Near the end of November, I discussed Big Finish’s Doctor Who story “What Lies Inside?” featuring Paul McGann as the Doctor, Nicola Walker as Liv Chenka, and Hattie Morahan as Helen Sinclair. One of the things I like about Big Finish is that they frequently have deals on their website or via their newsletter. When I bought “What Lies Inside?” I bought a bundle that included an additional set of three adventures called “Connections.” That second set has been released and my family and I were able to give it a listen during a recent road trip.

Back in my university days, before the World Wide Web, I subscribed to message boards on Usenet. One of those message boards discussed all things Doctor Who. One character who would spark much discussion on the message board was an old school chum of the Doctor’s from the planet Galifrey named Drax. Now, Drax only appeared in a couple of episodes of serial “The Armageddon Factor” which was part of a longer arc where the Doctor, played by Tom Baker, and his companion Romana, played by Mary Tamm, seek out pieces of something called the Key to Time, which will is needed for god-like entities to put the universe back into balance. Drax used to come up for so much discussion because he was not only one of the few people from Galifrey who seemed to actively like the Doctor, he also referred to the Doctor by the name: Theta Sigma. Was Theta Sigma really the Doctor’s name? Was it a nickname? Was it a fraternity they belonged to? These were all questions bandied about on the message board. None of which were ever definitively answered then and none of which are definitively answered in the new audio episode, “Here Lies Drax.” That said, it was great fun to hear a new episode with Drax. Or, does it really have Drax? The episode opens with the Doctor receiving a parcel from Drax for safekeeping. Soon after, they receive an invitation to Drax’s funeral! Once they get to the funeral, they discover Drax had made a lot of enemies over his lifetime, and that’s just how things get going. We soon get a rollicking mystery where the Doctor has to figure out whether there really is any value to the things in the parcel, while he figures out what happened to his old friend.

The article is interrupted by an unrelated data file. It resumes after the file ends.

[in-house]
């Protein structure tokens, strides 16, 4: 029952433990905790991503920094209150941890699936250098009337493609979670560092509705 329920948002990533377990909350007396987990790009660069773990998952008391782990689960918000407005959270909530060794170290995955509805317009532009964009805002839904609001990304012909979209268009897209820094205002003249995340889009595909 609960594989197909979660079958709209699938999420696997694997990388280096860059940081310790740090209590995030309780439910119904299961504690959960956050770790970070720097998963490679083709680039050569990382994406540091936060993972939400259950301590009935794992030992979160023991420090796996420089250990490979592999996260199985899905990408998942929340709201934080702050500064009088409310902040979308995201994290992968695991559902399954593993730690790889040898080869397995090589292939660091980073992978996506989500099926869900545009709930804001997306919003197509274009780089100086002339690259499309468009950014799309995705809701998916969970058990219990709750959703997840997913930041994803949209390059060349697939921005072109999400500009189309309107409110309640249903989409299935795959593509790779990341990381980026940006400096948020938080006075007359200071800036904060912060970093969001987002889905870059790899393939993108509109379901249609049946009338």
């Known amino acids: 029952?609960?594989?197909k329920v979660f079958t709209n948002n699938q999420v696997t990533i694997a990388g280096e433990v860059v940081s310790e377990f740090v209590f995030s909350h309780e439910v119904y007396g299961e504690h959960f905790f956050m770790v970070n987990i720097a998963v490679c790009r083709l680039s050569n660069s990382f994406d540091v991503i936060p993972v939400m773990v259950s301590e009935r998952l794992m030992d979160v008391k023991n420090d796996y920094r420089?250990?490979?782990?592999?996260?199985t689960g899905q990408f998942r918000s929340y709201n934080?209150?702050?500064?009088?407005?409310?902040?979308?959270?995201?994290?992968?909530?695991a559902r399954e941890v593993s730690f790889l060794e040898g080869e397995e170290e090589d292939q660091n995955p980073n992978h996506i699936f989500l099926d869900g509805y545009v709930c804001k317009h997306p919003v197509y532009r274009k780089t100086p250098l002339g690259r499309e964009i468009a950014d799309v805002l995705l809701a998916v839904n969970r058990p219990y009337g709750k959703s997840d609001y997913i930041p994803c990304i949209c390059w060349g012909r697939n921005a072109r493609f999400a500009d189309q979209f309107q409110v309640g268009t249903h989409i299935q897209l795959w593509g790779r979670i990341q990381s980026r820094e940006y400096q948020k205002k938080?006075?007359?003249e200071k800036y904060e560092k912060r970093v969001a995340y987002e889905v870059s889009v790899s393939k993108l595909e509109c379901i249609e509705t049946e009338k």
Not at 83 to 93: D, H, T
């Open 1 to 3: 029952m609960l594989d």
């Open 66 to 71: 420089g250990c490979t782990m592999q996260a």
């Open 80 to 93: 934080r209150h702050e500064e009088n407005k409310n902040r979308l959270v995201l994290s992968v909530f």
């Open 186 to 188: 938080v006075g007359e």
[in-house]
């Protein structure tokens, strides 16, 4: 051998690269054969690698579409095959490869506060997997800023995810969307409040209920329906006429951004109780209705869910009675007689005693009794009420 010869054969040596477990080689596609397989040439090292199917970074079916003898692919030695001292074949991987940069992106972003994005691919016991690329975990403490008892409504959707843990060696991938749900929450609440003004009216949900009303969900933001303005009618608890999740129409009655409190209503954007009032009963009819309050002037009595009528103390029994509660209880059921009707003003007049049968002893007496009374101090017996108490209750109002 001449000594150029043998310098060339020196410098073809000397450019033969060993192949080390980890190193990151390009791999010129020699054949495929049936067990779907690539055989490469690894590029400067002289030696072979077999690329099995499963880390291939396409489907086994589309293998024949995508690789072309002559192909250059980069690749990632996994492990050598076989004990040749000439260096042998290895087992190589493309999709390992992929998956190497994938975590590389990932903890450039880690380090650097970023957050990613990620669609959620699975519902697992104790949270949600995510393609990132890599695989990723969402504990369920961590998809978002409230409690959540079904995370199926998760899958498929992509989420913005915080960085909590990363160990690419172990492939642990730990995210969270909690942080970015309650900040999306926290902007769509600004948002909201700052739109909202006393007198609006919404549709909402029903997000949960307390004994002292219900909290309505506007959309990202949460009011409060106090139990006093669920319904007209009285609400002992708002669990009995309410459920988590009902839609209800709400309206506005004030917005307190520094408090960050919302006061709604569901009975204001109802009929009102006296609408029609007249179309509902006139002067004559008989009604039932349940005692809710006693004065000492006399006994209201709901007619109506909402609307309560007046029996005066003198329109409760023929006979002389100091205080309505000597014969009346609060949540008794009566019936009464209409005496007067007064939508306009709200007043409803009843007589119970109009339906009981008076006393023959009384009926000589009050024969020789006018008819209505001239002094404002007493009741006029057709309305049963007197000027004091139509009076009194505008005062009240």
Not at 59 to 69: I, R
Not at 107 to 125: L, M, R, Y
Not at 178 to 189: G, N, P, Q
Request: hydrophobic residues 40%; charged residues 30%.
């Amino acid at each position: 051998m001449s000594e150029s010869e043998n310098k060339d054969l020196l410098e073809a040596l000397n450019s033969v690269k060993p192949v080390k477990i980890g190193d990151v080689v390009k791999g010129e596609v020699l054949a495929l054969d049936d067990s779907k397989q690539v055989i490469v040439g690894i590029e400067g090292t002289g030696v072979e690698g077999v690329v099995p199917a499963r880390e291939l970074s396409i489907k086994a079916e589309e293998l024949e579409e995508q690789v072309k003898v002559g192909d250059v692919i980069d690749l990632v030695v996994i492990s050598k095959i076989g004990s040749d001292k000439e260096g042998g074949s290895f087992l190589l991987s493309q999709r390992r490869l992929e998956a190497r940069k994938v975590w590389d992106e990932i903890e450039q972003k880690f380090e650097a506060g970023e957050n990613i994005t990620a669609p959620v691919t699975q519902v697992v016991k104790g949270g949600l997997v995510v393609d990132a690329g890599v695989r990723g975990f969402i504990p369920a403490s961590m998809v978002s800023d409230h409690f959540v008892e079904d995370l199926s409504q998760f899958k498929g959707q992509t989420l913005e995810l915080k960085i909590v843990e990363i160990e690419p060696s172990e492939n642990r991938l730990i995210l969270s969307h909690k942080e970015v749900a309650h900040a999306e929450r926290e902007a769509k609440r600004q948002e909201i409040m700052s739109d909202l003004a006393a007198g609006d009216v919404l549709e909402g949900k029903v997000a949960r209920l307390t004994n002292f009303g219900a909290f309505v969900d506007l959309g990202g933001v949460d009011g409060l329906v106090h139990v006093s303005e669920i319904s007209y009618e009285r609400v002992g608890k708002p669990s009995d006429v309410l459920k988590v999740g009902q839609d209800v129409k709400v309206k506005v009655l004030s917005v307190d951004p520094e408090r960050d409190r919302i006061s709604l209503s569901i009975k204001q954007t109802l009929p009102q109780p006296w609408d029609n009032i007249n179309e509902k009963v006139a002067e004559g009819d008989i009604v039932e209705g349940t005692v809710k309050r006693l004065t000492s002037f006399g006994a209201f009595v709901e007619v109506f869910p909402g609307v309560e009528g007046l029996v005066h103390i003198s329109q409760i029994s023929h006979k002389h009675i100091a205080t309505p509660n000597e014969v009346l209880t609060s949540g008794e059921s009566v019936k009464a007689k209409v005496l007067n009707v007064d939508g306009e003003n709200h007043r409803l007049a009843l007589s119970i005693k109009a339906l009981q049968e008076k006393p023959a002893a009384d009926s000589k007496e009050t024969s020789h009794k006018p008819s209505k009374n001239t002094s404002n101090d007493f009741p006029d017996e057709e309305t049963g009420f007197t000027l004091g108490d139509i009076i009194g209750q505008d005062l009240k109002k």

The second episode of “Connections” is titled “The Love Vampires” and felt like an appropriate listen while I’m working on a vampire novel of my own. In this episode, the Doctor, Helen, and Liv arrive at a space station orbiting a dying star. However, the crew of the station are apparently being killed off by vampires. Now, these aren’t your ordinary run-of-the-mill bloodsucking vampires These vampires take you back to memories of your first love and feed off the emotions generated. Energy and emotion vampires are nothing new to the genre, but the writers cleverly use this concept to explore the characters of Helen, Liv, and the Doctor through their memories of their first loves. We get some nice background on both Helen and Liv. Right from the beginning of the television series, it was established that the Doctor has a granddaughter and Big Finish’s audio dramas have reinforced the idea that Susan is a biological granddaughter. She doesn’t just call him “Grandfather” as a term of affection. In fact, there are several great Big Finish productions where Susan, played by Carole Ann Ford, is teamed up with Paul McGann’s Doctor. So, one figures, the Doctor must have had at least one love in his life, or at least a liaison. Who did the Doctor have a child with? What was their relationship like? This episode suggests some possibilities, but like Drax in “The Armageddon Factor” it may raise more questions than it answers.